NUVO: Speaking of common ground, you seem to be saying that, at least for white people, sex fantasies are almost as segregated as their churches.

LEHMILLER: That was something that was really interesting to me, and I don’t know if any researchers have looked at before. What’s the role of race in our sexual fantasies? And what we see, or what I see in my data, is that systematic forms of racism and discrimination in our culture seem to be creeping into our fantasies in ways that we don’t realize. A lot of people like to think that their attractions based on race are preferences that they can’t control and they don’t know where they come from. But I think in a lot of ways they’re tied in with prevailing views on race in our culture and it’s an uncomfortable thought to be sure.

NUVO: How did you decide on the field of social psychology?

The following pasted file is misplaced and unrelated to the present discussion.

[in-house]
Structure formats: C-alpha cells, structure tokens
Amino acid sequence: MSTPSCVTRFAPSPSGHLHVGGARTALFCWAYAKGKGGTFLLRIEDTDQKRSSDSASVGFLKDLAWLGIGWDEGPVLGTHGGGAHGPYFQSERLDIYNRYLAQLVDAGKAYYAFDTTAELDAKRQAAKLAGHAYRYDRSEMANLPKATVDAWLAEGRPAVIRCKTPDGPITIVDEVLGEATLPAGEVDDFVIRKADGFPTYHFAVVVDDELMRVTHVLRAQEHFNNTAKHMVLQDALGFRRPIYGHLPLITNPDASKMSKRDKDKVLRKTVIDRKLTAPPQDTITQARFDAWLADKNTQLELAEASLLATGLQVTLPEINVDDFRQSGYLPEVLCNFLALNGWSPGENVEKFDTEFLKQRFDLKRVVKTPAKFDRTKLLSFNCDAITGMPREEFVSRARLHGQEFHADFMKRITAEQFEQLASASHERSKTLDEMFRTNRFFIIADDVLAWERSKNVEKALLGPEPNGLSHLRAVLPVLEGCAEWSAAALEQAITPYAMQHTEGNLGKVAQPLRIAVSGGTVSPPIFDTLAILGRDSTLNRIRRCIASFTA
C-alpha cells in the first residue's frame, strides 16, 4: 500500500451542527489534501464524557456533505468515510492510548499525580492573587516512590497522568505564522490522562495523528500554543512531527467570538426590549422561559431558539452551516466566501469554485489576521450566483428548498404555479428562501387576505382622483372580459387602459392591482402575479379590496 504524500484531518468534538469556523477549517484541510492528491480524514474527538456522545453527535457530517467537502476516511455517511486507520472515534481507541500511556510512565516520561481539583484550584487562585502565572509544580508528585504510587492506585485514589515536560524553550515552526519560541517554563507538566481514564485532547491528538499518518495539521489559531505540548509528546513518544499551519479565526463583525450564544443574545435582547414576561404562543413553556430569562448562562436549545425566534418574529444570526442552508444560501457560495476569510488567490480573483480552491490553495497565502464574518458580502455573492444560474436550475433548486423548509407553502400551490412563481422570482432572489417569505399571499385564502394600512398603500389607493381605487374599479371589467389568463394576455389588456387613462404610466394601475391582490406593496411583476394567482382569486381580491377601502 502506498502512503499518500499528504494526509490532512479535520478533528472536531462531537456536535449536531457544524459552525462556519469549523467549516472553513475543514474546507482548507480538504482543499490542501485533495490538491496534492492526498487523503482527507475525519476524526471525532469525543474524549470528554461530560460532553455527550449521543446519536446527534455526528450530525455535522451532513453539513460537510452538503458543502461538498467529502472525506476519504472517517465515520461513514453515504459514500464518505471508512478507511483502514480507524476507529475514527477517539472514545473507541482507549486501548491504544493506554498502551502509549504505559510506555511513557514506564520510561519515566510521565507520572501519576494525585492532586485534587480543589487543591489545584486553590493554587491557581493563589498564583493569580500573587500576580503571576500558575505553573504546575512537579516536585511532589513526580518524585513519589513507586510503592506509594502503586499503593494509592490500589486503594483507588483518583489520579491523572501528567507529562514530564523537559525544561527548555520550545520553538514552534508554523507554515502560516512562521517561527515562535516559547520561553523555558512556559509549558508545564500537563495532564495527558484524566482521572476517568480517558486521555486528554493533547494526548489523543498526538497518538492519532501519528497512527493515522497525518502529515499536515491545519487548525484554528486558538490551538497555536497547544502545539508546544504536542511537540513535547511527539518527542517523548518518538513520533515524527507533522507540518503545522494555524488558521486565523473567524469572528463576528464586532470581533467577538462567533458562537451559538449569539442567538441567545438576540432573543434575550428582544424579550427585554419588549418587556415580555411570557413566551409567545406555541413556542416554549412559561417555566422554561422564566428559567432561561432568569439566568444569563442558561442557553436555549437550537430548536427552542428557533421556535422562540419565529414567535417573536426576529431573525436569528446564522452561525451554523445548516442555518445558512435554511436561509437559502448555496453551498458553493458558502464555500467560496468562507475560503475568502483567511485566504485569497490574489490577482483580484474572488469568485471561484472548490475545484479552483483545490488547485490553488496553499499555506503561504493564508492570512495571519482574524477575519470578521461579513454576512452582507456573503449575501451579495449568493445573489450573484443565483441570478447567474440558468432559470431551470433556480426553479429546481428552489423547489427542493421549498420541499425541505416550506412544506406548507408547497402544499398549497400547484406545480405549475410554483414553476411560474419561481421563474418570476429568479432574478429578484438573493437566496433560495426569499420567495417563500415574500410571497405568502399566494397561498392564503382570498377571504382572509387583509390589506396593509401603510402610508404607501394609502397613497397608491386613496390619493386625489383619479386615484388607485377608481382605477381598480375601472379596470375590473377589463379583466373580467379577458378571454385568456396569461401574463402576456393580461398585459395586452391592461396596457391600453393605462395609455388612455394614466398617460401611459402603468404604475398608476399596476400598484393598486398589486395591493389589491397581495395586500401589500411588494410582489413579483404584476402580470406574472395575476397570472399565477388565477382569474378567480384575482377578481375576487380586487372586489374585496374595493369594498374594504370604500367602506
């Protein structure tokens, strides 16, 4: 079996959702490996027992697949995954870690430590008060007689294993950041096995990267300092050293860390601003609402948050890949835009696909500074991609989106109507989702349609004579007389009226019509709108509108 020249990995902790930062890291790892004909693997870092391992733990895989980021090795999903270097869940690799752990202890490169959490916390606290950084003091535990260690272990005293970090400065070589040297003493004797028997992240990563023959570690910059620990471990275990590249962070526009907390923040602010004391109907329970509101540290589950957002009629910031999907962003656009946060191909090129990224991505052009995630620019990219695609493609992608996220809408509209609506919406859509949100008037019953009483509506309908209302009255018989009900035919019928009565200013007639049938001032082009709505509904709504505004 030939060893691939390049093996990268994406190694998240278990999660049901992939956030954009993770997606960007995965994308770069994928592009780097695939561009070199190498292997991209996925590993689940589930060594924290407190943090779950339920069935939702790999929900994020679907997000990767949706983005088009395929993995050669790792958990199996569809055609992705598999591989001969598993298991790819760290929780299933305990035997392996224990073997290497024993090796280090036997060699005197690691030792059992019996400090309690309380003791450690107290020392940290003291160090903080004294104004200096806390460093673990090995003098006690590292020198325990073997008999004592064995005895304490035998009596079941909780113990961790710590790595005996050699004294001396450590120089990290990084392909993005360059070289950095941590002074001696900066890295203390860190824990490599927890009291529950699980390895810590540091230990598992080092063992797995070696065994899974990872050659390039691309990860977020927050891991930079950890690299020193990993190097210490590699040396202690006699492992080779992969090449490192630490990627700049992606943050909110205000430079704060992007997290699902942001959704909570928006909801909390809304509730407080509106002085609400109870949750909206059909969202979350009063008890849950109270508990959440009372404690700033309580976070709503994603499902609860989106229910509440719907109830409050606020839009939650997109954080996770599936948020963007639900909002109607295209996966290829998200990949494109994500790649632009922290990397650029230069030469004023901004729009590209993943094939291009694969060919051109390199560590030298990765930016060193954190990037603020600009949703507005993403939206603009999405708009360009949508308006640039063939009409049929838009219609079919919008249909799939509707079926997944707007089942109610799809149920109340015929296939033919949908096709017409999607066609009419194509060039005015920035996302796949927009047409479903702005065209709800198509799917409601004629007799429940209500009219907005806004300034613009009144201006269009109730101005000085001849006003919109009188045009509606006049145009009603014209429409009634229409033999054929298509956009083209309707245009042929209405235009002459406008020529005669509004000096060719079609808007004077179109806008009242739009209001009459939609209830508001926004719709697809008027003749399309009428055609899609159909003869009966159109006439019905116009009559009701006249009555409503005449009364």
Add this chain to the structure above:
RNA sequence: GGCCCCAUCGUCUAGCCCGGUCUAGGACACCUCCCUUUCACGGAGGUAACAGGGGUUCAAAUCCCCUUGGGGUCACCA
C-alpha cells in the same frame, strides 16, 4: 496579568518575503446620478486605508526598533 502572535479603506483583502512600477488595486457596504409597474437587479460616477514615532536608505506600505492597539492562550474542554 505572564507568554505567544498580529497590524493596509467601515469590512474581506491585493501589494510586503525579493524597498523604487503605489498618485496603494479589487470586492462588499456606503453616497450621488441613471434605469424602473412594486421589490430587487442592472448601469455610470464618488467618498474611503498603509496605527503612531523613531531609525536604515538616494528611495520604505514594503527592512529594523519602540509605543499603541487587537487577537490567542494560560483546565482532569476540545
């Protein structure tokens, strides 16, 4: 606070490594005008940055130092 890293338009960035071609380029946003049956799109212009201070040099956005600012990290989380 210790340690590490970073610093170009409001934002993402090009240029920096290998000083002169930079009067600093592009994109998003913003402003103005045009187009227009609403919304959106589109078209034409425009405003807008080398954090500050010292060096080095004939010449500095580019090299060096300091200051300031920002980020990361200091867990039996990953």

LEHMILLER: So when I went to graduate school for social psychology it wasn’t to be a sex researcher.  I went to study the psychology of romantic relationships, look at what makes for a healthy relationship in the long term, the fact that promotes commitment.  And along the way I got assigned to be a teaching assistant for an undergraduate level human sexuality course. And that was my first time ever being involved in a course like that. Because they just weren’t offered where I did my undergraduate training. And it was interesting because it just opened my eyes to this whole world of sex research and I found that it was totally disconnected from the world of relationship research. So I was in graduate school studying relationships, but they weren’t talking about sex. And I thought that was a really kind of a missed opportunity so I started to become a relationship researcher who focuses on sexuality issues because there’s not enough research that looks at the intersection of those areas.

Justin Lehmiller with his book

Justin Lehmiller with his book

NUVO: Is this your first book?